Prof Ng defines z as z = **w.x** + b; however he doesn’t give the interpretation of this variable z.

In linear regression it is pretty intuitive that we are taking a training example as an input and projecting it’s output on a graph using our pre-defined linear/polynomial regression model ( f(x) =**w.x** + b ).

In logistic regression, I don’t understand what z is, intuitively and graphically. z is in fact a scalar, but does this scalar represent ?

Thanks in advance.

Hello @renesultan

Welcome to the community.

Here is the reference to an article that explains what “z” is. Do let me know if this gives you the clarity.

I think he did explain Z’s intuition with respect to logistic regression when he was explaining decision boundaries. The line drawn using Z acts as the decision boundary. If Z is linear, you will have linear decision boundary and if it contains power of x, you will get non linear decision boundary.

The sigmoid function of Z becomes greater than 0.5 if Z is >=0. So, if you use a threshold 0.5 to separate classes, it will mean whatever is on positive side of line defined by Z is one class and the other class is one opposite side.

Great sharing! @shanup presented the convenience of having z in calculus; @Shivanshu_Singh told us Professor Andrew Ng’s geometric interpretation of the polynomial function z as a decision boundary (course 1 week 3 Video: Decision Boundary, and a relevant discussion); my last point is, mathematically, z is also called a logits in our context (logistic regression), so your wx+b projects x to logits z and your sigmoid function projects z to a probability. logits is a name you will see again in course 2 week 2.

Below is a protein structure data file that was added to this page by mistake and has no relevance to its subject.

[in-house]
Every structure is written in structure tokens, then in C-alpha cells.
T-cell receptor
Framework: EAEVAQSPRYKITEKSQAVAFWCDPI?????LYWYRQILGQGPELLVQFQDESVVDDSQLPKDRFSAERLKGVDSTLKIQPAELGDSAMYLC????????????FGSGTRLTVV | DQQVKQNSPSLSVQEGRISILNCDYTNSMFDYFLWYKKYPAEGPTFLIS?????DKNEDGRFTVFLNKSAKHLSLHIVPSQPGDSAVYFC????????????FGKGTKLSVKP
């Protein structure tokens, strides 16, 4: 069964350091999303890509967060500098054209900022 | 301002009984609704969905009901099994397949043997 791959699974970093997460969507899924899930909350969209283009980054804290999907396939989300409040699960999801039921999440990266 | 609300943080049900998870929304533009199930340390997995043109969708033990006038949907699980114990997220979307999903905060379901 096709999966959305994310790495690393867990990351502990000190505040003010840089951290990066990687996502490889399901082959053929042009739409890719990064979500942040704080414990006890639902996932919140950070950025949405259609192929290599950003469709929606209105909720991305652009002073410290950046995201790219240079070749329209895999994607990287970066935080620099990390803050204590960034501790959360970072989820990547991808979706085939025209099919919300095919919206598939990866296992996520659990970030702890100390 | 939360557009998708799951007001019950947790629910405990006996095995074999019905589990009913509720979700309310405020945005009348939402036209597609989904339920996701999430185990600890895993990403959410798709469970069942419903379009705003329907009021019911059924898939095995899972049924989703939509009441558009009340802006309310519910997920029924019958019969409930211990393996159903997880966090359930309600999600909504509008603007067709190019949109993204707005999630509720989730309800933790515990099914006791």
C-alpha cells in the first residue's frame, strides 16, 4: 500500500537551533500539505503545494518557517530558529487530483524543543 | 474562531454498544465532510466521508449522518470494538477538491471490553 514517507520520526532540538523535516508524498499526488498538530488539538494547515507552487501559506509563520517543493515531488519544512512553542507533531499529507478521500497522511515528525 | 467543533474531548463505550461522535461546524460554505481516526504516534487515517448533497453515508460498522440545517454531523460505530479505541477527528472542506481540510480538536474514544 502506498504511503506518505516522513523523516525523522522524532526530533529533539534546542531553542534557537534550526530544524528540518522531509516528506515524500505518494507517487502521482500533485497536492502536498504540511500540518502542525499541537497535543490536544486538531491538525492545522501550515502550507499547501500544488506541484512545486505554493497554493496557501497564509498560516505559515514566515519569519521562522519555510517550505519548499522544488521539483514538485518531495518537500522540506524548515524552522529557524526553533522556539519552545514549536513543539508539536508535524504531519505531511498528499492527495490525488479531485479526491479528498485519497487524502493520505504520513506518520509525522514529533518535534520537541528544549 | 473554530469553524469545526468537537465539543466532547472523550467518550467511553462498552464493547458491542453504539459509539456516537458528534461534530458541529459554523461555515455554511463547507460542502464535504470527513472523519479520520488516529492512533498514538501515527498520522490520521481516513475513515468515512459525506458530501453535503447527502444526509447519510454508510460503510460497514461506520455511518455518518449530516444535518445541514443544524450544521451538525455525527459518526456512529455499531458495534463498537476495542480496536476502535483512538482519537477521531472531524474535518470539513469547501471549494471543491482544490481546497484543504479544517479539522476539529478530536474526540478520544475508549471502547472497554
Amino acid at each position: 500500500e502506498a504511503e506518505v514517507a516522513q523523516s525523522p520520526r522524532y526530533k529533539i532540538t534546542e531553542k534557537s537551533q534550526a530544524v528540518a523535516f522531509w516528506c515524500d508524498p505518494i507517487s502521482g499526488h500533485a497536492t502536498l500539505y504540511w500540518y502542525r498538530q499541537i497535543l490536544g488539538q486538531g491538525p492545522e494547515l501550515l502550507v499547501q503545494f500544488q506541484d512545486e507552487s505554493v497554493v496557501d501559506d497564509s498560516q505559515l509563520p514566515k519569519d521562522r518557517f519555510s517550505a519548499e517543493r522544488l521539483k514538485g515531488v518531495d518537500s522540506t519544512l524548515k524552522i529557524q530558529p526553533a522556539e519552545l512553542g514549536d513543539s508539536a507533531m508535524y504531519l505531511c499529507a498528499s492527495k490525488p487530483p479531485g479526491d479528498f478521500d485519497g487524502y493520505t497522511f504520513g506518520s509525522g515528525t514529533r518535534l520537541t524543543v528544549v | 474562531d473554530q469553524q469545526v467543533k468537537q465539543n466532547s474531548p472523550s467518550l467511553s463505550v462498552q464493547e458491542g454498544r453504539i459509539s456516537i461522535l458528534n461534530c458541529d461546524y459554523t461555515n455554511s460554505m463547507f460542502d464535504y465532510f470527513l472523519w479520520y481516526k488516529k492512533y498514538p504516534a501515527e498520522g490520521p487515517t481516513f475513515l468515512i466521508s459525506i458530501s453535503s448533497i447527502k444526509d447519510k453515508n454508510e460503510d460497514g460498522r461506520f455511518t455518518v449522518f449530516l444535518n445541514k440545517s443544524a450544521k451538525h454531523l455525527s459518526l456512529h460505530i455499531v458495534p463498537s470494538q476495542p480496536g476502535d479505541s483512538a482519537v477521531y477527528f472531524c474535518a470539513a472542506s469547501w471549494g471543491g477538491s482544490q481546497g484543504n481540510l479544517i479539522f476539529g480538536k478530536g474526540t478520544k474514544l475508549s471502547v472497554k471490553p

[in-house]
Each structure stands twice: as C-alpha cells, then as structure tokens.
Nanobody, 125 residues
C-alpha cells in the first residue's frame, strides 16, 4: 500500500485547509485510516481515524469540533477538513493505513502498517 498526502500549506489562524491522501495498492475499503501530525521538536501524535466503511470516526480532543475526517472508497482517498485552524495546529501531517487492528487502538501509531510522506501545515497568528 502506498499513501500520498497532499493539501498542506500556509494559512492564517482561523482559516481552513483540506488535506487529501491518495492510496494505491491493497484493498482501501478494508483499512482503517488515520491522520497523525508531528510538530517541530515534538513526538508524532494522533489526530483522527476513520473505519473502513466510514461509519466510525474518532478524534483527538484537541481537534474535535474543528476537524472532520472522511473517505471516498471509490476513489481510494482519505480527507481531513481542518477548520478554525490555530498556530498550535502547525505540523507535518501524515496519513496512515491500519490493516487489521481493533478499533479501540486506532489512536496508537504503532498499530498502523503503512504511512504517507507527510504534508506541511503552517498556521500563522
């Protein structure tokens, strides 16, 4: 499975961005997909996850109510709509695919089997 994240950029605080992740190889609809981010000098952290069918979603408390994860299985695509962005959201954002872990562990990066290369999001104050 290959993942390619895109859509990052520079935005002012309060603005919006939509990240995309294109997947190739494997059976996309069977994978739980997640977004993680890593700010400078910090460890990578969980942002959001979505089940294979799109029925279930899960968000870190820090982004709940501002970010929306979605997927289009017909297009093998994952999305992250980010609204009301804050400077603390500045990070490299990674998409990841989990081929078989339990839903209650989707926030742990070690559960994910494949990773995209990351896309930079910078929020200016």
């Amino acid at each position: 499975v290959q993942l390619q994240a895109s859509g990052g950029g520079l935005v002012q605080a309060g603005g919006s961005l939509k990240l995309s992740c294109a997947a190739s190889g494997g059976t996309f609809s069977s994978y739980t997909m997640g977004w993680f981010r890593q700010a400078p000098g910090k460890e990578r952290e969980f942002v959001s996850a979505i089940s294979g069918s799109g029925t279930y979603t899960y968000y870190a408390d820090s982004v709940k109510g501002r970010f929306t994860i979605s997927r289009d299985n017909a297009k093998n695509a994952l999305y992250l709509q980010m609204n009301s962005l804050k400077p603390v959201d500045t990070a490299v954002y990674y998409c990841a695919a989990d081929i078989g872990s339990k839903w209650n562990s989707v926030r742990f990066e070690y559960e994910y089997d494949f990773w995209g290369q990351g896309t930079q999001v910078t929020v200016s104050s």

Following on from this point, and from the conversation referred to in @shanup’s post, I am unclear whether z is a scalar or a vector/array.

As z = (dot product of w and x) + b, I would have thought this would produce a scalar as @renesultan states. However, in the final C1 W3 Logistic Regression Programming Assignment, it states (in relation to z in the Sigmoid function):

Blockquote

Note that

`z`

is not always a single number, but can also be an array of numbers.- If the input is an array of numbers, we’d like to apply the sigmoid function to each value in the input array.

Blockquote

Please could you clarify?

Jem

Hello Jem,

If we have one sample, then we have one z and z is a scalar.

If we have two samples, then we have two z and z is a vector/array.

For example,

```
import numpy as np
x = np.array([
[1., 2., 3., ], # sample 1
[3., 4., 5., ], # sample 2
])
w = np.array([
[6., ],
[7., ],
[8., ],
])
sigmoid = lambda z: 1/(1+np.exp(-z))
z = x @ w
a = sigmoid(z)
print(z)
print(a)
```

Both `z`

and `a`

are arrays.

Cheers,

Raymond

Great, thanks Raymond.

Jem